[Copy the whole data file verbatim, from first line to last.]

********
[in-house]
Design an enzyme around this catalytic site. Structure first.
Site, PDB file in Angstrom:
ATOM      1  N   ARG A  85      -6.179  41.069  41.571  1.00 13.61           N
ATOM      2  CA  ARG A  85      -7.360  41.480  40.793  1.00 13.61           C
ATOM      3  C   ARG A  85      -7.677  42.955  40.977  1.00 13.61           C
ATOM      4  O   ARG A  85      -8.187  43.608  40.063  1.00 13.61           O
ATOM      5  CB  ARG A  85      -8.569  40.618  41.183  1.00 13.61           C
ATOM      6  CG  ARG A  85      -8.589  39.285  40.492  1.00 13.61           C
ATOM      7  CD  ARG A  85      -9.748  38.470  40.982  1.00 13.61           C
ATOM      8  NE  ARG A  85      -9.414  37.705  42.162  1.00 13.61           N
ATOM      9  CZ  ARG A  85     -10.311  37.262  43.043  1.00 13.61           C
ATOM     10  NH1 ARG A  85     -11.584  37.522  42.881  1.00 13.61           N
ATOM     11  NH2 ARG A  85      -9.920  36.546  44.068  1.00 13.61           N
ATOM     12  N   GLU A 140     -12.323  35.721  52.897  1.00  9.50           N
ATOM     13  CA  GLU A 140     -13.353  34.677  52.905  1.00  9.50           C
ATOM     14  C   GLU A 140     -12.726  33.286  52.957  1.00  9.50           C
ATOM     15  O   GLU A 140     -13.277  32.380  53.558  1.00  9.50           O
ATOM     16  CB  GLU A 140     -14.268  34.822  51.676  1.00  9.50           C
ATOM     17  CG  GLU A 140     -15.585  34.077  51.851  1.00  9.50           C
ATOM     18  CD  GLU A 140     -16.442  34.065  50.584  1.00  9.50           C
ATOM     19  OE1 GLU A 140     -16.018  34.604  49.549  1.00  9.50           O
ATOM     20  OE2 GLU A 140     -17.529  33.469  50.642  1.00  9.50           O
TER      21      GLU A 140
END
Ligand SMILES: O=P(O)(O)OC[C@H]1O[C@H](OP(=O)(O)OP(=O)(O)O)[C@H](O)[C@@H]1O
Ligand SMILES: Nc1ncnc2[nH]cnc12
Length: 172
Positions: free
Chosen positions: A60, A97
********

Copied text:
[in-house]
Design an enzyme around this catalytic site. Structure first.
Site, PDB file in Angstrom:
ATOM      1  N   ARG A  85      -6.179  41.069  41.571  1.00 13.61           N
ATOM      2  CA  ARG A  85      -7.360  41.480  40.793  1.00 13.61           C
ATOM      3  C   ARG A  85      -7.677  42.955  40.977  1.00 13.61           C
ATOM      4  O   ARG A  85      -8.187  43.608  40.063  1.00 13.61           O
ATOM      5  CB  ARG A  85      -8.569  40.618  41.183  1.00 13.61           C
ATOM      6  CG  ARG A  85      -8.589  39.285  40.492  1.00 13.61           C
ATOM      7  CD  ARG A  85      -9.748  38.470  40.982  1.00 13.61           C
ATOM      8  NE  ARG A  85      -9.414  37.705  42.162  1.00 13.61           N
ATOM      9  CZ  ARG A  85     -10.311  37.262  43.043  1.00 13.61           C
ATOM     10  NH1 ARG A  85     -11.584  37.522  42.881  1.00 13.61           N
ATOM     11  NH2 ARG A  85      -9.920  36.546  44.068  1.00 13.61           N
ATOM     12  N   GLU A 140     -12.323  35.721  52.897  1.00  9.50           N
ATOM     13  CA  GLU A 140     -13.353  34.677  52.905  1.00  9.50           C
ATOM     14  C   GLU A 140     -12.726  33.286  52.957  1.00  9.50           C
ATOM     15  O   GLU A 140     -13.277  32.380  53.558  1.00  9.50           O
ATOM     16  CB  GLU A 140     -14.268  34.822  51.676  1.00  9.50           C
ATOM     17  CG  GLU A 140     -15.585  34.077  51.851  1.00  9.50           C
ATOM     18  CD  GLU A 140     -16.442  34.065  50.584  1.00  9.50           C
ATOM     19  OE1 GLU A 140     -16.018  34.604  49.549  1.00  9.50           O
ATOM     20  OE2 GLU A 140     -17.529  33.469  50.642  1.00  9.50           O
TER      21      GLU A 140
END
Ligand SMILES: O=P(O)(O)OC[C@H]1O[C@H](OP(=O)(O)OP(=O)(O)O)[C@H](O)[C@@H]1O
Ligand SMILES: Nc1ncnc2[nH]cnc12
Length: 172
Positions: free
Chosen positions: A60, A97